The DOJ can get Trump's hand-picked judge removed from the case — here's how

The DOJ can get Trump's hand-picked judge removed from the case — here's how
Merrick Garland, image via Screengrab.
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Harvard Law Professor Laurence Tribe joined Lawrence O'Donnell on Wednesday night, and after hearing him address some of the legal matters facing Donald Trump, another law scholar was aghast anyone has to take the matters as if they're serious. But former acting-solicitor general, Neal Katyal, came up with a strategy for how the Justice Department can circumvent the Trump-appointed judge the ex-president shopped to get from the beginning.

Andrew Weissmann, who served as general counsel for the FBI and a prosecutor on special counsel Robert Mueller's team, began the discussion by saying that the Justice Department appeal the injunction but not necessarily the special master. The documents that fall under executive privilege are going to be very easy to suss out from those involving personal attorney-client privilege. At the same time, nothing that is in a classified or "top secret" folder is going to fall under privileged information for Donald Trump.

"This is like a thief taking documents then saying, 'Judge, I want them back,'" Weissmann said. "This is a complete farce. And to have somebody like Laurence Tribe and Neal Katyal have to address this, as if it's a serious argument, just tells you the depths that we are in. And just to be very serious for a moment the notion that in the documents there are state secrets involving nuclear capabilities — it means that there is present harm to national security. Our allies and countries that want to quietly cooperate with us are looking at all of this and making decisions about whether they should continue to do so if we cannot keep secrets. That is how we protect this country. It is how we thwart terrorist attacks. It is how we conduct important, lifesaving undercover operations."

That's why it's so important to get the information back, he explained, and the national security piece of the story is likely a factor in how Merrick Garland will act moving forward. He will do what is in the best interest of national security and get to a decision in reversing that piece of Judge Aileen Cannon's ruling quickly.

Katyal conceded that appeals take a very long time to deal with. Trump will also likely appeal to the Supreme Court and that will take even more time. It isn't clear, however, if due to this involving national security, and now we learn it involves nuclear secrets, if the courts would be willing to move faster. Given there are questions about whether Trump still has documents, based on the empty folders found, there could be even more search warrants issued.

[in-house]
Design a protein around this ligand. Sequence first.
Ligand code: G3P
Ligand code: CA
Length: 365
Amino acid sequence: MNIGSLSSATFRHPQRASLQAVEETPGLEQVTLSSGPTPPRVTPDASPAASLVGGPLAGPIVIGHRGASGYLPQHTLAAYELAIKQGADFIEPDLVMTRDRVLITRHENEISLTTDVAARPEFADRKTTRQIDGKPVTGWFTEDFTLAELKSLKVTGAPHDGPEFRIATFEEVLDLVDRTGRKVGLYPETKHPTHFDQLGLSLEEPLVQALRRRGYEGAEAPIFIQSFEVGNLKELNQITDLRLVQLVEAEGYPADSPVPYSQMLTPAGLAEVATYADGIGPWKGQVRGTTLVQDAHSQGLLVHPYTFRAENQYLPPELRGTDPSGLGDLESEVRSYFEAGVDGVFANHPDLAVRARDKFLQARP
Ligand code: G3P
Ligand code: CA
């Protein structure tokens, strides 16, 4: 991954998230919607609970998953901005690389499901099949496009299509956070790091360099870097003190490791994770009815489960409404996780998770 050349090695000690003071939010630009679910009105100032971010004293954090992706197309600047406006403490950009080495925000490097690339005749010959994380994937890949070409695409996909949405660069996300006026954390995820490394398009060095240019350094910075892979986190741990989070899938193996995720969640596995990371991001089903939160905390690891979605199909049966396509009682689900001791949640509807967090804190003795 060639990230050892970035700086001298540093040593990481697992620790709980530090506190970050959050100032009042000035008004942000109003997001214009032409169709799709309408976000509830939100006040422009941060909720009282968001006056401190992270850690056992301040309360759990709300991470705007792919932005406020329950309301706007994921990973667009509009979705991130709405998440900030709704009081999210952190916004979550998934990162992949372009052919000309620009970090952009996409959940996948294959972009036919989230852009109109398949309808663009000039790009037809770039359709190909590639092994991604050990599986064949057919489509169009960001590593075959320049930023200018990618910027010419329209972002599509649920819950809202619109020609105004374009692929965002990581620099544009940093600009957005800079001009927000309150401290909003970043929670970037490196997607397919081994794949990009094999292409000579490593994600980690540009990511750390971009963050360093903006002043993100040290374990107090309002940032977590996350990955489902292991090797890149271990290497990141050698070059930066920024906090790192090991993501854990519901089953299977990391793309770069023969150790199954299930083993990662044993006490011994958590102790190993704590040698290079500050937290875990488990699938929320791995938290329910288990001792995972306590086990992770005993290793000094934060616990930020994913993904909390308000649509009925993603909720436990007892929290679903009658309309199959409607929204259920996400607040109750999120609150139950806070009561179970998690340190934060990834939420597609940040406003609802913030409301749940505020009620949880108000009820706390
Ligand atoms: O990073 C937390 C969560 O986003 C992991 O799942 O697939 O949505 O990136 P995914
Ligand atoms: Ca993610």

His second point is that the more information that comes out the worse Judge Cannon looks, and it's only going to get worse.

"Every day, every week, we learn a new fact about just how bad Trump's behavior was. Now, it is nuclear secrets. That also underscores just how bad the decision was by this judge in Florida. So, appointing a special master is one thing, but stopping a criminal investigation of this magnitude in its tracks because you think, as a federal judge, that some documents might be privileged. That is insane. That is a bazooka when one needs, at most, a scalpel. And if you have lost Bill Barr, and Bill Barr is -- God. That is...." Katyal said, trailing off.

The other option, he suggested, is seeking clarification from the judge. Already it has been argued that the judge will likely have to issue an edit to her opinion because she misquoted a case.

"She said the current president, President Biden has not waived executive privilege," she obviously didn't read the last part of the government's brief saying that he'd said so. But the government, the solicitor general, can have a document from Biden saying, 'I hereby wave executive privilege.' They could then ask her to narrow the scope of the injunction, so that the investigation can proceed. The downside: this judge doesn't seem all that amenable to reconsideration or logic," Katyal continued.

The last option, he said, is one he suggests the Justice Department go with, and that is Judge Cannon basically argued that she shouldn't be overseeing the case to begin with.

"She pleaded herself out of her own court," said Katyal. "Because she planted remedies to the special master via the Presidential Records Act. And she has a footnote on this, Footnote 16, which says basically, the Presidential Records Act says that you can only bring these cases in Washington D.C. and only Washington D.C. judges can oversee them. So, that maybe that's what the Justice Department, I think, should do here. Get this case before judges who are experts on presidential records and executive privilege and the like."

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